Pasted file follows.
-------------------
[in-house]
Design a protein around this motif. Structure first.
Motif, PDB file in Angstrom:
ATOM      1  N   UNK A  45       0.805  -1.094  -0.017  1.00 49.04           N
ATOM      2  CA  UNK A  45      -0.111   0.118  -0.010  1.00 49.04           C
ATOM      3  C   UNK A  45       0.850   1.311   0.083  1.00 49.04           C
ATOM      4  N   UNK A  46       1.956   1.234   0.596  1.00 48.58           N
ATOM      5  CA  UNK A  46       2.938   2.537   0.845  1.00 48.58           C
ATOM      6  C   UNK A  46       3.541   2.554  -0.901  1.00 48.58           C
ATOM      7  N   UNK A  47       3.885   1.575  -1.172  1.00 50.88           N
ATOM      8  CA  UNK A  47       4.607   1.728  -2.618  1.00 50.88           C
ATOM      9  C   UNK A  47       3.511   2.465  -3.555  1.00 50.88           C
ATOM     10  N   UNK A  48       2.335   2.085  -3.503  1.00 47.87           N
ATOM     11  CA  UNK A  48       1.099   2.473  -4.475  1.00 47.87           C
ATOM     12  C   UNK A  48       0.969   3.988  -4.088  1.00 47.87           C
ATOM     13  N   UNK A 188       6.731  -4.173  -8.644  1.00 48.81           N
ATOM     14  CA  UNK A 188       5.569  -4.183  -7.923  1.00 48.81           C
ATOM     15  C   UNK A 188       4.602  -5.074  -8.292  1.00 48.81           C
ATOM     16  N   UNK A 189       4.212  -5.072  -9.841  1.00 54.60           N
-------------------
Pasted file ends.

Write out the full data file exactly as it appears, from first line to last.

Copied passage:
[in-house]
Design a protein around this motif. Structure first.
Motif, PDB file in Angstrom:
ATOM      1  N   UNK A  45       0.805  -1.094  -0.017  1.00 49.04           N
ATOM      2  CA  UNK A  45      -0.111   0.118  -0.010  1.00 49.04           C
ATOM      3  C   UNK A  45       0.850   1.311   0.083  1.00 49.04           C
ATOM      4  N   UNK A  46       1.956   1.234   0.596  1.00 48.58           N
ATOM      5  CA  UNK A  46       2.938   2.537   0.845  1.00 48.58           C
ATOM      6  C   UNK A  46       3.541   2.554  -0.901  1.00 48.58           C
ATOM      7  N   UNK A  47       3.885   1.575  -1.172  1.00 50.88           N
ATOM      8  CA  UNK A  47       4.607   1.728  -2.618  1.00 50.88           C
ATOM      9  C   UNK A  47       3.511   2.465  -3.555  1.00 50.88           C
ATOM     10  N   UNK A  48       2.335   2.085  -3.503  1.00 47.87           N
ATOM     11  CA  UNK A  48       1.099   2.473  -4.475  1.00 47.87           C
ATOM     12  C   UNK A  48       0.969   3.988  -4.088  1.00 47.87           C
ATOM     13  N   UNK A 188       6.731  -4.173  -8.644  1.00 48.81           N
ATOM     14  CA  UNK A 188       5.569  -4.183  -7.923  1.00 48.81           C
ATOM     15  C   UNK A 188       4.602  -5.074  -8.292  1.00 48.81           C
ATOM     16  N   UNK A 189       4.212  -5.072  -9.841  1.00 54.60           N